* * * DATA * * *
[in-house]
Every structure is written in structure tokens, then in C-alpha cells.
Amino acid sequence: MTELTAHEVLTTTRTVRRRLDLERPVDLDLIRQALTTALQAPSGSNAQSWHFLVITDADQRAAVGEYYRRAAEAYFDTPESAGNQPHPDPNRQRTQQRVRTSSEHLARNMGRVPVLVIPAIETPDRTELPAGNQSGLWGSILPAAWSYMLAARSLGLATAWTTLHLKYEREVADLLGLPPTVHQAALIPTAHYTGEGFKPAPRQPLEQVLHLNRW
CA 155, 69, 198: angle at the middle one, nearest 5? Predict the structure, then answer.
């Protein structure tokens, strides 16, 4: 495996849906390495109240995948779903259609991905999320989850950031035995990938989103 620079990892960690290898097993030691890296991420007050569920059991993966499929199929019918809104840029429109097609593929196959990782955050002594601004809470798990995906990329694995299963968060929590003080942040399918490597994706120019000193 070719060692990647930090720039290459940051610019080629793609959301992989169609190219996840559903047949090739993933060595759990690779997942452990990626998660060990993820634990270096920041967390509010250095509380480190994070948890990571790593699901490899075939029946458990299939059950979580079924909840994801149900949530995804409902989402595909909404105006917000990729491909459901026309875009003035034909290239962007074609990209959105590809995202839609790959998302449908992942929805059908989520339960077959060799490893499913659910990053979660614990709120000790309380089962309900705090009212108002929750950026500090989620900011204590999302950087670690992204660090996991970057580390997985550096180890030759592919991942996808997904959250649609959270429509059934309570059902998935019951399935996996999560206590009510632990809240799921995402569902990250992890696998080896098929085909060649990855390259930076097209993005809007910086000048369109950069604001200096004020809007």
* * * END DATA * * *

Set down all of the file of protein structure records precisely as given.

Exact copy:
[in-house]
Every structure is written in structure tokens, then in C-alpha cells.
Amino acid sequence: MTELTAHEVLTTTRTVRRRLDLERPVDLDLIRQALTTALQAPSGSNAQSWHFLVITDADQRAAVGEYYRRAAEAYFDTPESAGNQPHPDPNRQRTQQRVRTSSEHLARNMGRVPVLVIPAIETPDRTELPAGNQSGLWGSILPAAWSYMLAARSLGLATAWTTLHLKYEREVADLLGLPPTVHQAALIPTAHYTGEGFKPAPRQPLEQVLHLNRW
CA 155, 69, 198: angle at the middle one, nearest 5? Predict the structure, then answer.
């Protein structure tokens, strides 16, 4: 495996849906390495109240995948779903259609991905999320989850950031035995990938989103 620079990892960690290898097993030691890296991420007050569920059991993966499929199929019918809104840029429109097609593929196959990782955050002594601004809470798990995906990329694995299963968060929590003080942040399918490597994706120019000193 070719060692990647930090720039290459940051610019080629793609959301992989169609190219996840559903047949090739993933060595759990690779997942452990990626998660060990993820634990270096920041967390509010250095509380480190994070948890990571790593699901490899075939029946458990299939059950979580079924909840994801149900949530995804409902989402595909909404105006917000990729491909459901026309875009003035034909290239962007074609990209959105590809995202839609790959998302449908992942929805059908989520339960077959060799490893499913659910990053979660614990709120000790309380089962309900705090009212108002929750950026500090989620900011204590999302950087670690992204660090996991970057580390997985550096180890030759592919991942996808997904959250649609959270429509059934309570059902998935019951399935996996999560206590009510632990809240799921995402569902990250992890696998080896098929085909060649990855390259930076097209993005809007910086000048369109950069604001200096004020809007």